Hard as it might be to imagine, Sir Arthur Conan Doyle, creator of the razor-sharp, logical mind that was the hallmark of his fictional detective Sherlock Holmes, was a genuine lover of the occult, a great believer in an afterlife, and staunch supporter of Hope’s work
It is not the least unusual, these days, to see photo manipulation, and some of the resulting images are hilarious, if obviously faked. Believe it or not, at the end of the 19th and start of the 20th centuries, such practices were also not unknown, and most frequently seen employed by those people claiming rthe magical ability to capture photographic images of the deceased, known to the public at the time as spirit photography, all images in this post from an old album found in a secondhand bookhop.
This blatant grief manipulation first took root in 1860s, begun in earnest by one William H. Mumler, a genuinely original ghost hunter, but one of the most prestigious of English writers was a an avid fan of another, more famous exponent of this so-called art. Crewe Circle Spiritualist group member William Hope, the society comprising seven spirit photographers, among whom was the Archbishop Thomas Colley.
Hard as it might be to imagine, Sir Arthur Conan Doyle, creator of the razor-sharp, logical mind that was the hallmark of his fictional detective Sherlock Holmes, was a genuine lover of the occult, a great believer in an afterlife, and staunch supporter of Hope’s work. His own mind, on which one assumes that of Holmes was loosely based, not quite logical enough t see this man for what he almost certainly was, an unscrupulous confidence trickster.
When the great war began, in 1914, the need of breaved relatives for any sign that their loved ones had passed over safely became of paramount importance, the popularity of the Crewe spiritualists grew. So much so, that Hope felt inclined to seek a better life in the capitol, becoming a medium by profession, in 1922 London, where Conan Doyle became aware of him.
Ghostly Hope II
Though complaints against him were few, out of sheer embarrassment on the part of victims, probably, paranormal investigators probed his dealings several times, hoping to prove him the charlatan they suspected him to be. Most persistent of these was Harry Price, of the Society of Psychical Research, who, determined to find Hope out, gave him glass plates embossed with a special mark.
The mark would only become visible if the plates were exposed during the photographic process, but they were never used, obviously substituted by Hope for the standard glass plates he normally used, so those tell-tale marks never did show up in photographs of spirits, which could only mean that the pictures were somehow faked. On publishing these conclusions, Price was roundly attacked by supporters of Hope. Sir Arthur Conan Doyle even published a book The Case for Spirit Photography, in support of the medium he so admired.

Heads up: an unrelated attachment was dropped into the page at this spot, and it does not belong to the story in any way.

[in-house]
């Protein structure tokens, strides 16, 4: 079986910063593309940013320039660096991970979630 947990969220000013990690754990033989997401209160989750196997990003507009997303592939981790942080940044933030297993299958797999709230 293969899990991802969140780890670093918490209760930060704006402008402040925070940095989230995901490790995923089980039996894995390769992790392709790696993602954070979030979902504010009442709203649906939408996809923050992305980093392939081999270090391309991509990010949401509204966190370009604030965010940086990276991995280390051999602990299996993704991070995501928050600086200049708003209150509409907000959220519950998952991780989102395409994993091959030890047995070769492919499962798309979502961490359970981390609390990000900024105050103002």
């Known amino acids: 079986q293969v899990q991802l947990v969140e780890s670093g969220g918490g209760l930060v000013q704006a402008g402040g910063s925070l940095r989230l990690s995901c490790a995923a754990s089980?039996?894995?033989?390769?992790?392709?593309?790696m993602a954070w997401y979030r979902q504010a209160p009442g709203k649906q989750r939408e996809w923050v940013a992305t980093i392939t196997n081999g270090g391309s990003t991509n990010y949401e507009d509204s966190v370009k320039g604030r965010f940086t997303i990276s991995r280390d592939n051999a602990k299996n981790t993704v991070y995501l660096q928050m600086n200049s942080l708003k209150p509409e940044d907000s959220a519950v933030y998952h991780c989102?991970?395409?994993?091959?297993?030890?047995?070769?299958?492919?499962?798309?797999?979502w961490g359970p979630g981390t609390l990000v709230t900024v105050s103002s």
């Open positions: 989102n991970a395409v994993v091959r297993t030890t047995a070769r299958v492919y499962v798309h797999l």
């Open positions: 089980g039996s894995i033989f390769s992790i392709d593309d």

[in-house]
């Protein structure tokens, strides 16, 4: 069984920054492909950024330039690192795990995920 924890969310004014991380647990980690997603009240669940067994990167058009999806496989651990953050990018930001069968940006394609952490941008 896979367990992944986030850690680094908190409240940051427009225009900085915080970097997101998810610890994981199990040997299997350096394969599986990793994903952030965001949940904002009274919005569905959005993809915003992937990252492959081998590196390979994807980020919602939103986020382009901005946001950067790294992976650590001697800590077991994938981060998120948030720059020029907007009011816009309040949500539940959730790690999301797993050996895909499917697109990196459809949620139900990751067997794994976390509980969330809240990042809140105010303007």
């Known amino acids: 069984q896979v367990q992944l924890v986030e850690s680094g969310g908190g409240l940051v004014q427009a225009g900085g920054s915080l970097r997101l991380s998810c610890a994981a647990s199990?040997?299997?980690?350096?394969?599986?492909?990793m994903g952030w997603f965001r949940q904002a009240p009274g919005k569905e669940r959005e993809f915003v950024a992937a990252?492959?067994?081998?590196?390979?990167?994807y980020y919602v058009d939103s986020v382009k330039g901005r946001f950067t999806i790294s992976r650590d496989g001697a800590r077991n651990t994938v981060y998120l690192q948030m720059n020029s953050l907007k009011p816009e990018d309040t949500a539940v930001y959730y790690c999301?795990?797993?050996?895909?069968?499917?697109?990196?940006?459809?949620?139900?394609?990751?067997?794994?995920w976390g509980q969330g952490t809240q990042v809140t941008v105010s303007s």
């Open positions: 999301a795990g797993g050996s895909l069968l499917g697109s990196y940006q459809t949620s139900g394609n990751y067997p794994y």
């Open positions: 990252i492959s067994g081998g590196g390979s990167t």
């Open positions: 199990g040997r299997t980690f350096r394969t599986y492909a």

Hope and his spirit photographs gave many people comfort, and even clergymen were known to believe that he could indeed capture images of their deceased beloved, like the wife of the preist who, having suffered the trauma of stillbirth, turned to Hope for an image, which he supposedly provided, yet another example of praying on the gullibility of people in distress. Hope remained popular, though just a year before his death, in 1933, another serious attack upon his work occurred.
Former supporter of Hope, Fred Barlow, and one Major W. Rampling-Rose berated the Society for Psychical Research with a vitriolic speech about him, and they contended that Hope fraudulently superimposed other images onto photographs, making up the supposed effects. Since no further, real investigation could ever take place, it is impossible to know for certain how he did it.
The only real question is that of how people ever fell for this complete nonsense in the first place. There may well be some elemental force within each of us that moves on after our physical bodies give out, and there are undoubtedly more things in heaven and earth than mere humans could ever truly comprehend, but I cannot believe that these so-called spirits would be wearing everyday clothes in the hereafter? Hope might have been his name, but major hoaxes were his game.
Hope died in 1933, so it is hard to say if this had any effect on his reputation at the time. And who knows? Perhaps he really did find that there is more to life than we can see with the naked eye! Not likely, but he did a good job in the days before digital photography to conjure up his 'ghosts